After the St. Louis Cardinals got away with a violation in their 4-1 win over the Mets on Wednesday, some fans wondered why New York and manager Luis Rojas didn’t play the game under protest.
Well, guess what? That’s not a thing anymore.
We didn’t know either, because it has been a thing forever. But we’re told that MLB changed the longstanding rule for this season.
Here's how is now reads:
OBR 7.04 Protesting Games
Protesting a game shall never be permitted, regardless of whether such complaint is based on judgment decisions by the umpire or an allegation that an umpire misapplied these rules or otherwise rendered a decision in violation of these rules.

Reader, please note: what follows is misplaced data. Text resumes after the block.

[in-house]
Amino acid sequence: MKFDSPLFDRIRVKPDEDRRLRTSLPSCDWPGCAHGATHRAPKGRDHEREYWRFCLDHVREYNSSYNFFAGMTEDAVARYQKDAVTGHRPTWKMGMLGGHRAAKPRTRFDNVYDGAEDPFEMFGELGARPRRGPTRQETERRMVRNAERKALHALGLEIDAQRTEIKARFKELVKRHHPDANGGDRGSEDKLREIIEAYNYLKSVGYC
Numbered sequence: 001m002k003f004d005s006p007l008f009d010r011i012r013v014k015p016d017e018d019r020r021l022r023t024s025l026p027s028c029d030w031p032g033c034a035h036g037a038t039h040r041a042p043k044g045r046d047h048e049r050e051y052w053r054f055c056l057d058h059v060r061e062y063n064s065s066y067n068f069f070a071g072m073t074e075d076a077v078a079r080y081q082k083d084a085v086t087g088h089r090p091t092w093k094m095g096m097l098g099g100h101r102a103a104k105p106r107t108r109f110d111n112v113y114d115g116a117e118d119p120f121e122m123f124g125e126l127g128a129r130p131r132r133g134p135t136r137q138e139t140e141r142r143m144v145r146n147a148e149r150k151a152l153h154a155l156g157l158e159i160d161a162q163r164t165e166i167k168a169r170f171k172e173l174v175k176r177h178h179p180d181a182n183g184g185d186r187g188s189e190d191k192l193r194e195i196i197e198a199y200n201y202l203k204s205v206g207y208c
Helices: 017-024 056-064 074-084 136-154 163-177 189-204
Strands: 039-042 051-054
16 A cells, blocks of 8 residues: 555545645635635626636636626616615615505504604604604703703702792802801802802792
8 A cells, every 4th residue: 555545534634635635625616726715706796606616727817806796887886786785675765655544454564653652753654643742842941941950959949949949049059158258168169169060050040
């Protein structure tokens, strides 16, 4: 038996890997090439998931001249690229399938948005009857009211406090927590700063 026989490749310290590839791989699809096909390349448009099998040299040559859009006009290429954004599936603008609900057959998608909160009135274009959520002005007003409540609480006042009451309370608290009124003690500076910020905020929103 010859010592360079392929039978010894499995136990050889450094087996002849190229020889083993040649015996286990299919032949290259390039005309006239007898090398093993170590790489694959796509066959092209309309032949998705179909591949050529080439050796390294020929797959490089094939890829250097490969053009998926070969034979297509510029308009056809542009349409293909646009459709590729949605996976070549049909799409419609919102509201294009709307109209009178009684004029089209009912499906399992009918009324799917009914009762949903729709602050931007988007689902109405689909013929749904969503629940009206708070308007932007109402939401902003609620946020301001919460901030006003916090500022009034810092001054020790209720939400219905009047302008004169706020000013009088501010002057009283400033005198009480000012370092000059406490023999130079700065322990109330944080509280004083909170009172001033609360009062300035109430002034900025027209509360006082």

The violation in question on Wednesday came in the fourth inning, when St. Louis pitcher Kwang Hyun Kim’s interpreter visited the mound to speak with the pitcher and infielders.
The umpires should not have allowed this, as the league’s Manual requires that an interpreter be accompanied on the mound by a coach. In the past, the Mets might have considered playing under protest. Now, they can’t.
The upshot is that the Cardinals broke a rule that appears to have no clear consequence. The Mets are looking into what, if anything, can be done about it.